Q & A with Brianna from The Ambitious Dietitian

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Can you please tell us a little bit about yourself and your career?

Well I always knew I wanted to be a dietitian. I did work experience in year 10 with a community dietitian and from then on that was always going to be the path I was going to take. I started doing Health Science (public health) at uni as a means to transfer into the 4-year bachelor which was relatively at the time… I then moved to Wollongong to do my dietetics, then went back to Melbourne and completed my health science degree so after 7 long years, I got both bachelors! I always thought I would go into community work or public health however my first job was servicing nursing homes across Victoria as well as consulting at a doctor’s surgery and doing some workplace presentations. I did all of this for about 12 months and then we moved interstate to Canberra. At that point, I was looking at travelling less and putting all my eggs in the one basket. In Canberra I worked for the Diabetes Service in an outpatient setting. I really don’t like hospitals, so I was grateful to have the opportunity to do something I loved in the community setting. After 7 years, we then moved to the Gold Coast and I have gone from a very long stint in the public system to working in surgical weight loss in a private practice. I am also one half of the team at The Ambitious Dietitian which I started with my husband nearly 12 months ago. Daniel and I have a very busy life trying to keep up with our The Ambitious Dietitian clients and running around after our children, we have a nearly 6-year-old, a 3-year-old and 4-month-old twins so you could say we have a very loud and full house!!!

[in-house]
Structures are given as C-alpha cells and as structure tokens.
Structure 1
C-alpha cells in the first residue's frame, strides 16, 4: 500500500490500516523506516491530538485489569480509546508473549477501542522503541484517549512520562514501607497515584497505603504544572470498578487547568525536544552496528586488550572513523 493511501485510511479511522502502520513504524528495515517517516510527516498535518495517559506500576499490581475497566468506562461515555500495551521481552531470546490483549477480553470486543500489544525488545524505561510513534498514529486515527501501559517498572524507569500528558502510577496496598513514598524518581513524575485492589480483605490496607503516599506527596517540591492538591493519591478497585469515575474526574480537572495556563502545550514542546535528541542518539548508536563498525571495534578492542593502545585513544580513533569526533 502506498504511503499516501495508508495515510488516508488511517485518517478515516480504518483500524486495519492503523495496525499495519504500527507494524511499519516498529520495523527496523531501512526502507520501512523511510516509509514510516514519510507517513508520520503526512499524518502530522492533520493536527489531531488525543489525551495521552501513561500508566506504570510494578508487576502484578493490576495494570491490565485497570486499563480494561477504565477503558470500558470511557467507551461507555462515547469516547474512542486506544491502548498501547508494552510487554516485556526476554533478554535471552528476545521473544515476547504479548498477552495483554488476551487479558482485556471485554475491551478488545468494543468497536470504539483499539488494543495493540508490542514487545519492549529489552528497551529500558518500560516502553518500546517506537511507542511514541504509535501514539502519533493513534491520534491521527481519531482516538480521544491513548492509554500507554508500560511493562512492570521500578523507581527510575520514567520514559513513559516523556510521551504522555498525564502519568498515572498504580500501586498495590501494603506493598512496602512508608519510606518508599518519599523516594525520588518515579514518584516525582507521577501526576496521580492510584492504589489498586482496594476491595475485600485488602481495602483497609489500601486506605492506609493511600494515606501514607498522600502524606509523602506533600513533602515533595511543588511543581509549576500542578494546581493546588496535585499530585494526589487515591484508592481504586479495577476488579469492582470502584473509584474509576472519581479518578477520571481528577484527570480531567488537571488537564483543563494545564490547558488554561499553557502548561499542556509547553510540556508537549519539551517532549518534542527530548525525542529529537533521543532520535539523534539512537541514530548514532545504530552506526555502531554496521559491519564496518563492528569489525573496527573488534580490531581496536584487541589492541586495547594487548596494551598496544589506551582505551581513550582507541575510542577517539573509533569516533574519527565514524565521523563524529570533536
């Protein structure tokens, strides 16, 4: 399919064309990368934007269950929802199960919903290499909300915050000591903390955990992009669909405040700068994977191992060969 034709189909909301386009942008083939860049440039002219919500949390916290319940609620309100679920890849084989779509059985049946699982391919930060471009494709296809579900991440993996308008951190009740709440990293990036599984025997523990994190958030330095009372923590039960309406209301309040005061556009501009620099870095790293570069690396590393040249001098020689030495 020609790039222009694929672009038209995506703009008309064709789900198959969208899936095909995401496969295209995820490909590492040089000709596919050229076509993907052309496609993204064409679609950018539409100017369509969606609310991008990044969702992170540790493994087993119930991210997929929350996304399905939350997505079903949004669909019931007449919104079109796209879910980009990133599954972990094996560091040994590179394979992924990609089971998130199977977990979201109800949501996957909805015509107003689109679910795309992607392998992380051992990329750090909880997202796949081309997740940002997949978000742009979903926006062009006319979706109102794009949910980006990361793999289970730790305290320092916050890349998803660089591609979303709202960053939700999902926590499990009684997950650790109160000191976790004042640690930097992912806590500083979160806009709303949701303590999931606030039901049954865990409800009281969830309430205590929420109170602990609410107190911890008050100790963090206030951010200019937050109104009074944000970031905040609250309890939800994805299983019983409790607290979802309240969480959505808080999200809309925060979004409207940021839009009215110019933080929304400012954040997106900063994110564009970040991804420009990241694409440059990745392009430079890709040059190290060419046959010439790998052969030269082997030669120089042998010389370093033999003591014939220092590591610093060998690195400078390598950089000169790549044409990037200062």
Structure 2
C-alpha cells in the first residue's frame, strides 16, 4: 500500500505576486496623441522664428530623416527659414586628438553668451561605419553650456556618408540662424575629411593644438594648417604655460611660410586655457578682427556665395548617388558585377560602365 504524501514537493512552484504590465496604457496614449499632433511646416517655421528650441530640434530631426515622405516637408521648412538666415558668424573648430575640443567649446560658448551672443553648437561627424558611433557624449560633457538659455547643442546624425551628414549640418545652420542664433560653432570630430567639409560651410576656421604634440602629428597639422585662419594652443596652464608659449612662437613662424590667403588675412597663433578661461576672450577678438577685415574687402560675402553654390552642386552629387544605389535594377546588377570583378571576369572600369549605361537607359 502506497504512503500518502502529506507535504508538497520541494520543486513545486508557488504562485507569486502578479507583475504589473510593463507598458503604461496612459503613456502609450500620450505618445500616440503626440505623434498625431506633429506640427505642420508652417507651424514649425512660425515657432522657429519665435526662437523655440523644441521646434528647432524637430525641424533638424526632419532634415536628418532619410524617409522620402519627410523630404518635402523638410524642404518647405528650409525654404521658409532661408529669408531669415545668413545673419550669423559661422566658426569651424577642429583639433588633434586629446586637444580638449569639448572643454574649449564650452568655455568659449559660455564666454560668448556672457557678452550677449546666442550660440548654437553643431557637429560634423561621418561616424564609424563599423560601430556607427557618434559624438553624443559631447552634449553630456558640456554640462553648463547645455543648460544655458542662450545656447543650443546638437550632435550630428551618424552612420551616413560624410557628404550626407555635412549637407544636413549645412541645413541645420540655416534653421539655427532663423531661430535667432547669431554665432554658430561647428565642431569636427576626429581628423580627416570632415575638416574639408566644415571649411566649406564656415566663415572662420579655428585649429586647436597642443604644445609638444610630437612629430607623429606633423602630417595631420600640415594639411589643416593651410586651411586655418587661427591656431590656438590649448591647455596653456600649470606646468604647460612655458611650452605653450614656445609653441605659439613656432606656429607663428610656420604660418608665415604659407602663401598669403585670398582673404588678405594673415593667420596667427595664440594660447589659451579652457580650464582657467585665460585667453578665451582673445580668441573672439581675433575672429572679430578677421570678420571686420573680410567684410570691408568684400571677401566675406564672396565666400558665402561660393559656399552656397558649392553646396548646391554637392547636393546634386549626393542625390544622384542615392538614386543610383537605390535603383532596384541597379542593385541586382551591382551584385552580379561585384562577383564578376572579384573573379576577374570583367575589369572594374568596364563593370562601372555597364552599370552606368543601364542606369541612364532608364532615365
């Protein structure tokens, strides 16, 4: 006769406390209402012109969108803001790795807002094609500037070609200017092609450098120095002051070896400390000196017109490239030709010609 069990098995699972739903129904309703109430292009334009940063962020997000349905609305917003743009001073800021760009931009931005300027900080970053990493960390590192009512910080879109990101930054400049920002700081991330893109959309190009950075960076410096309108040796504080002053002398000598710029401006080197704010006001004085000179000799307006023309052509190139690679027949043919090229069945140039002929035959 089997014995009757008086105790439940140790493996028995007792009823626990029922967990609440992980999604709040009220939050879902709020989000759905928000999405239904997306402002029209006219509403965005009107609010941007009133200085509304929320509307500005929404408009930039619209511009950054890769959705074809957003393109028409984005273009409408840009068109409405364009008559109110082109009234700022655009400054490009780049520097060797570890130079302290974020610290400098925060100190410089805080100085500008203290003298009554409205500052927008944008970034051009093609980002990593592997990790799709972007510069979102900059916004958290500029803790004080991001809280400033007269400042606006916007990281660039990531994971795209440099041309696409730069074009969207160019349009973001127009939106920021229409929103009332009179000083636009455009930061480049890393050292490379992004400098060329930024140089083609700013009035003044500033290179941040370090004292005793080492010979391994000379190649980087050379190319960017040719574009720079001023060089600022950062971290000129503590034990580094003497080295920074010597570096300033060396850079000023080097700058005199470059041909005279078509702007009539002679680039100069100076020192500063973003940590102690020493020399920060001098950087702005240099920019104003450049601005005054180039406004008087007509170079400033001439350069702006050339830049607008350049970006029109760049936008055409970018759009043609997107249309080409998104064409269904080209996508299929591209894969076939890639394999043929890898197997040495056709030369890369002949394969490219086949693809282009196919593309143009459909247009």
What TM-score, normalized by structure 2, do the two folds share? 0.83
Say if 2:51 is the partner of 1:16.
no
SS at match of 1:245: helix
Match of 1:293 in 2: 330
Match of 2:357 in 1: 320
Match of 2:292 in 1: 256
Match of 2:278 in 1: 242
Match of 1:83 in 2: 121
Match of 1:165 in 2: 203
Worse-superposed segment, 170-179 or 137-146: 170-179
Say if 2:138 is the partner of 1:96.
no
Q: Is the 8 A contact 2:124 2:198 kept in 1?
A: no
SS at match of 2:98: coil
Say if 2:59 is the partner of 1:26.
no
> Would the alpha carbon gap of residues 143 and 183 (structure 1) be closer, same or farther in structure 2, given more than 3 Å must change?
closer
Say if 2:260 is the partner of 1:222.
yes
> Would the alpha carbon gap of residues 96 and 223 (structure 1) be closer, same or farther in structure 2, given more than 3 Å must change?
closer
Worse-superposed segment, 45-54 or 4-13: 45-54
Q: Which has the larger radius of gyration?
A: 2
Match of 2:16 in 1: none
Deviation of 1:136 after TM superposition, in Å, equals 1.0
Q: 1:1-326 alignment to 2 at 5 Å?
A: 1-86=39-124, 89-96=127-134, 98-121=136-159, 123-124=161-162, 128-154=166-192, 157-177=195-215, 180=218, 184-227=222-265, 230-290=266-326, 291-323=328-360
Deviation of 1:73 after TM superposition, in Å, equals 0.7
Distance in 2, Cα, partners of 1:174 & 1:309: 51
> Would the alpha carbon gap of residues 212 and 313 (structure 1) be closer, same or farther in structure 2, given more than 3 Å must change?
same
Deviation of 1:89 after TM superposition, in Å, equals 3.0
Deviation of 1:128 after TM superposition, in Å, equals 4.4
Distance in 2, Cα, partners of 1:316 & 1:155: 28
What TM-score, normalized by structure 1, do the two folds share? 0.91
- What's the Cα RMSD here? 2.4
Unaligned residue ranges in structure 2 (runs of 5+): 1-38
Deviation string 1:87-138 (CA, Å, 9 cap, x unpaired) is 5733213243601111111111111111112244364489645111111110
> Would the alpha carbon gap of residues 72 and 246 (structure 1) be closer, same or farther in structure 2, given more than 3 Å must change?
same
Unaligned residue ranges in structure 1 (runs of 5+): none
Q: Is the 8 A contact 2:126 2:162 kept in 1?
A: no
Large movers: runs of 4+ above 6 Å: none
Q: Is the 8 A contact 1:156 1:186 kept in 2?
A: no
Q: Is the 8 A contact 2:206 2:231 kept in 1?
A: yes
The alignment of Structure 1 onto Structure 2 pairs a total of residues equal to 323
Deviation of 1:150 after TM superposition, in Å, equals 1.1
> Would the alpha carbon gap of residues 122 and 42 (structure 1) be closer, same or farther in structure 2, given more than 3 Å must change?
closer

2) What were your initial experiences like as a dietitian? Do you have any stories/insights that you experienced early on in your career that shaped the direction that you ended up taking?

Ok, so when I say my first job was in aged care that was my first job I stuck at…… My actual first job was supposed to be in a food service role however it somehow turned into a waitressing job. I remember coming home at 1am thinking “I’ve got my degree now, I thought the late nights were behind me.” It didn’t take me long to start looking for other opportunities! I think in my experience, I took what work I could as I knew how hard it was to find a job, but I also wanted to stay aligned with who I wanted to be as a dietitian. I think I juggled a lot – aged care, workplace presentations and doctor’s clinics in my first year out but they all gave me insight into myself and forced me to seek out the work I really loved doing.